Kinetic analysis of the acid and the alkaline unfolded states of staphylococcal nuclease

Hueih M. Chen, J. L. You, V. S. Markin, Tian Yow Tsong

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Abstract

Thermodynamic analysis by differential scanning calorimetry shows that the folding/ unfolding transition of staphylococcal nuclease is consistent with the two-state process. Stopped-flow kinetic measurements, monitoring the Trp140 fluorescence and covering five decades in time (2 ms to 300 s), indicate that the unfolding from pH 7-0 to 3-1 is monophasic (time constant 1.15 s) and from pH 7.0 to 12.2 is biphasic (time constants: one < 2 ms and the other 0.6 s). However, the folding, either from pH 3.1 to 7.0 or from pH 12.2 to 7-0, is triphasic (time constants 150 ms, 850 ms and 30 s from acid, 90 ms, 565 ms and 33 s from alkaline). A simple sequential model, which agrees with the above observations for acidic folding/unfolding is, D3 ag D2 ag D1 ag N. The three Ds denote three sub-states of the unfolded state and N denotes the native state. These sub-states of D have similar enthalpy and tryptophan fluorescence, and their equilibrium cannot be shifted by temperature changes. However, they are kinetically distinctive. Data do not favor alternative mechanisms assuming parallel transitions of the three Ds to N, or complexity of the N state, or parallel transitions of sub-states of N1, N2 and N3 to D. Other more complex, branched or cyclic, kinetics are not considered because of the lack of evidence. pH dependence of the unfolding kinetics suggests that the unfolding is triggered by protonation of 0-8(±0.3) ionizable groups, with a pKa of 3.9 or by deprotonation of 1.6(±0.4) ionizable groups with pKa values near 10.5. Circular dichroisms indicate that these three D states retain non-random chain conformation. Possible role of these "chain conformation" in the protein folding is discussed.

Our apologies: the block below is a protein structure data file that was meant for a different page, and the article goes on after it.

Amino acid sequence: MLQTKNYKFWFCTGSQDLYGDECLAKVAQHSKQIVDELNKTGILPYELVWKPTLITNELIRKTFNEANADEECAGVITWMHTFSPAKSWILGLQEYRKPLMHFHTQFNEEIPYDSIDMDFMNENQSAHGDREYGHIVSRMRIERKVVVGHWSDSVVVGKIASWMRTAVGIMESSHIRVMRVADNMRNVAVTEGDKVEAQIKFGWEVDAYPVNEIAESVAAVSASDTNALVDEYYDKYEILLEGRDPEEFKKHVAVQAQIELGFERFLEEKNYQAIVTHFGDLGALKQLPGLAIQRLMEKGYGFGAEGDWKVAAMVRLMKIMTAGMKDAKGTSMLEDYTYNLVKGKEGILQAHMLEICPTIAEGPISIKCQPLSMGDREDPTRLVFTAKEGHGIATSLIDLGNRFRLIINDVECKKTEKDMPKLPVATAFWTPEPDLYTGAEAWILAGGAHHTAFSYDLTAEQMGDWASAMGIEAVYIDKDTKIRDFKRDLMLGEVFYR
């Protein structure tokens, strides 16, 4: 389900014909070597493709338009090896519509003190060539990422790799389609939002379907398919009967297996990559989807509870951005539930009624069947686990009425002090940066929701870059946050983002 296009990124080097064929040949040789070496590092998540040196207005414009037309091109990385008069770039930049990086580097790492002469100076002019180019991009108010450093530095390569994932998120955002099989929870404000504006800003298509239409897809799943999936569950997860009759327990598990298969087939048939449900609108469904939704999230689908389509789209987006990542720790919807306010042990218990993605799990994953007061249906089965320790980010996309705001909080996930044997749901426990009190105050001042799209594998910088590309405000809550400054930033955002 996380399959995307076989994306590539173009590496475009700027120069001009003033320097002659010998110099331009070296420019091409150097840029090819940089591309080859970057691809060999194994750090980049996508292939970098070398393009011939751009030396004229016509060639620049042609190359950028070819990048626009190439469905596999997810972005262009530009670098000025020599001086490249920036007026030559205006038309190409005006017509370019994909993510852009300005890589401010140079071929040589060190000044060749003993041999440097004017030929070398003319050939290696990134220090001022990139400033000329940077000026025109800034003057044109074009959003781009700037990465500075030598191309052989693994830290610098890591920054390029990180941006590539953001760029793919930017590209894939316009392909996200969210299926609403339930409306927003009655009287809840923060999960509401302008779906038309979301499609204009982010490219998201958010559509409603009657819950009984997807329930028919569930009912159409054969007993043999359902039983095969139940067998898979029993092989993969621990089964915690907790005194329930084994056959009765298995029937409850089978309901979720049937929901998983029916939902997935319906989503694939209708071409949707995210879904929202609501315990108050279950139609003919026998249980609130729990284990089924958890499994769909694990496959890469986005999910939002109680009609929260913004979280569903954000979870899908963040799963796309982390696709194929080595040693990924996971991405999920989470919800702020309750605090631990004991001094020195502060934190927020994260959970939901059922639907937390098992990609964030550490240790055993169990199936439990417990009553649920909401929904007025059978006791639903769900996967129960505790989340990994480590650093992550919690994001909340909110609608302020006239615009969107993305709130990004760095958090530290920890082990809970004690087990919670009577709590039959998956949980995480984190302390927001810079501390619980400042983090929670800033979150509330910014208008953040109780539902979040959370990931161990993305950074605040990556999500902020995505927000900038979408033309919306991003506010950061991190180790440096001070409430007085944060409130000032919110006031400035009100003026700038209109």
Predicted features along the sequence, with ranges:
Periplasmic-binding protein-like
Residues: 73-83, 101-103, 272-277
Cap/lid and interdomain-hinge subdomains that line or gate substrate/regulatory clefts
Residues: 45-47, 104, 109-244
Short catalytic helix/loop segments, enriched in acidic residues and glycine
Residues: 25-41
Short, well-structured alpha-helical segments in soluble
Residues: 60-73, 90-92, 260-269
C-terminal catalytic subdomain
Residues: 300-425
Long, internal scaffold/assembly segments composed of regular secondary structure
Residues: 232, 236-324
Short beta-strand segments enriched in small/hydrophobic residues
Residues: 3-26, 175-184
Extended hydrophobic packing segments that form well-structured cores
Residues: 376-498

Original languageEnglish (US)
Pages (from-to)771-778
Number of pages8
JournalJournal of Molecular Biology
Volume220
Issue number3
DOIs
Publication statusPublished - Aug 5 1991

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Keywords

  • circular dichroism
  • intermediates
  • kinetics
  • protein folding
  • stopped-flow

ASJC Scopus subject areas

  • Virology

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